Distinctly Singaporean, first

A mature nation of culturally aware Singaporeans will no longer need a hyphenated identity. TODAY FILE PHOTO

In 20 years’ time, I see a country that has developed a strong identity.

The Singaporean identity since independence has been a largely hyphenated one: One is inherently Singaporean-something. Racial policy, defined by the CMIO (Chinese, Malay, Indian, Others) framework has created a society that is essentially Singaporean, yet layered, and hence subdivided along racial lines.

The CMIO may have been necessary in catering to a new nation of culturally diverse people – but a mature nation of culturally aware Singaporeans will no longer need a hyphenated identity.

In the future, we should remain culturally diverse and aware. However, as Singapore evolves in a globalised world, it will grow to embrace its nationality in singular terms. We may be Indian, Malay, Chinese, Eurasian or indeed any ethnicity – but we will become distinctly Singaporean first.

Such a Singaporean identity will be achieved through a shift from tolerance to acceptance. Singaporean society would become adapt at embracing differences with acceptance, rather than tolerance.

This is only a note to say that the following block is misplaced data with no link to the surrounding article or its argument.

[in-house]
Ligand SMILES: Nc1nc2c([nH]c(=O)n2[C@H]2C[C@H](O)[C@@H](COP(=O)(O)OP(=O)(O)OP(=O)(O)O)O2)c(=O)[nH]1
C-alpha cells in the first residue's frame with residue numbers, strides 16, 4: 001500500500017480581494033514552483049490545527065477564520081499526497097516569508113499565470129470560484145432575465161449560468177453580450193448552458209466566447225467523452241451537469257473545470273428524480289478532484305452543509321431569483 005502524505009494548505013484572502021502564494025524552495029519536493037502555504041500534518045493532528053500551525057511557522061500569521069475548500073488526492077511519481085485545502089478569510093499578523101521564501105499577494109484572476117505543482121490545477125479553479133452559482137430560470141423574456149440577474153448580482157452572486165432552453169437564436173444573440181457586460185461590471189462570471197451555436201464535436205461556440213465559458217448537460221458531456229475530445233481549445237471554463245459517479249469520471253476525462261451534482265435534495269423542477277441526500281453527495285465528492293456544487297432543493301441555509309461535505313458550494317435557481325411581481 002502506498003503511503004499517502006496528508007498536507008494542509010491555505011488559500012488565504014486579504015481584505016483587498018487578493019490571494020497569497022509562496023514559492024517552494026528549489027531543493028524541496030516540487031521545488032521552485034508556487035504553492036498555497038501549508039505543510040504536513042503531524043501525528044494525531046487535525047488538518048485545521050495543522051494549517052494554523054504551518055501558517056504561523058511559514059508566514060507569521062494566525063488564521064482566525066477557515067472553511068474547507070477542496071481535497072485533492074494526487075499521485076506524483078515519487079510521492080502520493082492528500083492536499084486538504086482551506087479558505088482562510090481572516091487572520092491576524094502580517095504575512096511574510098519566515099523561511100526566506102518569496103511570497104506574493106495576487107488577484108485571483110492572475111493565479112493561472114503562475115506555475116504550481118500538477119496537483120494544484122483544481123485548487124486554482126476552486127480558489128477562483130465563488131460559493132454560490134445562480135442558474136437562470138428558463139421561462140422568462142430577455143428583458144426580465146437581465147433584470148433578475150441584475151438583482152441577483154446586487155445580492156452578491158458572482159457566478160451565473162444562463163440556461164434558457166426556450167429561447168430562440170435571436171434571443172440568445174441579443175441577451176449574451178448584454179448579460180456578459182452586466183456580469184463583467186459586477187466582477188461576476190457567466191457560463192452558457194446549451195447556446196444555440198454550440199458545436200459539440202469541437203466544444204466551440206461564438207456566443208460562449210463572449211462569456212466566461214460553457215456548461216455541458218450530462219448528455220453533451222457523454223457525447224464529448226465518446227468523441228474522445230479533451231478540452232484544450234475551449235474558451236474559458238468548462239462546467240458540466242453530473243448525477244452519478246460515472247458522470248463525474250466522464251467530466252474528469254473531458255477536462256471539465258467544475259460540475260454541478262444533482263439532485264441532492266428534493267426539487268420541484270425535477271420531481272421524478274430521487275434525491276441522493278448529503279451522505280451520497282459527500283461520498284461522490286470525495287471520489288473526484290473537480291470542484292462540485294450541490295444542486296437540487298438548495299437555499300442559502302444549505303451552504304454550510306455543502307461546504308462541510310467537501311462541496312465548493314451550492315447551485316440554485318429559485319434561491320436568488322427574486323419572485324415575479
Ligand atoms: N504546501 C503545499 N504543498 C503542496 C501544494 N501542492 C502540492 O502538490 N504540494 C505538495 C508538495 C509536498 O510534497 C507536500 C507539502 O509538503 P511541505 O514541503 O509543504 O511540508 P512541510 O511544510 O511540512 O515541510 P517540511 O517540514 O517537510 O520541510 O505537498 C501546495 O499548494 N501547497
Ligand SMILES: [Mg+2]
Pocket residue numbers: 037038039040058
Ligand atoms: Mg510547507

The sacrifices of generations past in crafting a nation will become a unifying symbol in our shared history. It is this shared history that will be our primary identity marker. Ensuring its evolution and progress will be our shared responsibility.


The mantra of acceptance will also become an essential aspect of the Singaporean psyche. We will become a society that no longer seeks to exclude but instead, one that includes and involves in spite of discomfort and initial unfamiliarity.

In an ageing society, this will become the basis of accommodation. We will no longer petition our MPs to prevent the building of elderly care centres in our void decks. Instead, we will seek, as a society, to salute and revere not just the sacrifices that our parents made, but also those of an entire generation of baby boomers who played an essential role in creating the infrastructure of a prosperous Singapore.

Our children will volunteer at these centres, not because they crave CIP points, but because it is an essential part of our culture to accept and accommodate everyone.

Our shared culture of acceptance will extend beyond Singaporeans to foreigners as well. As a politically mature society, Singaporeans would have learnt that there is a distinct difference between showing our displeasure towards immigration policies, and directing our displeasure at individual immigrants by subscribing to stereotypes.

We would also have developed a more caring and humane employment policy towards our transient workers and appreciate them for the role they play in Singapore’s progress.

by Pravin Prakash, Aug 09, 2012
Source : Todayonline : Distinctly Singaporean, first


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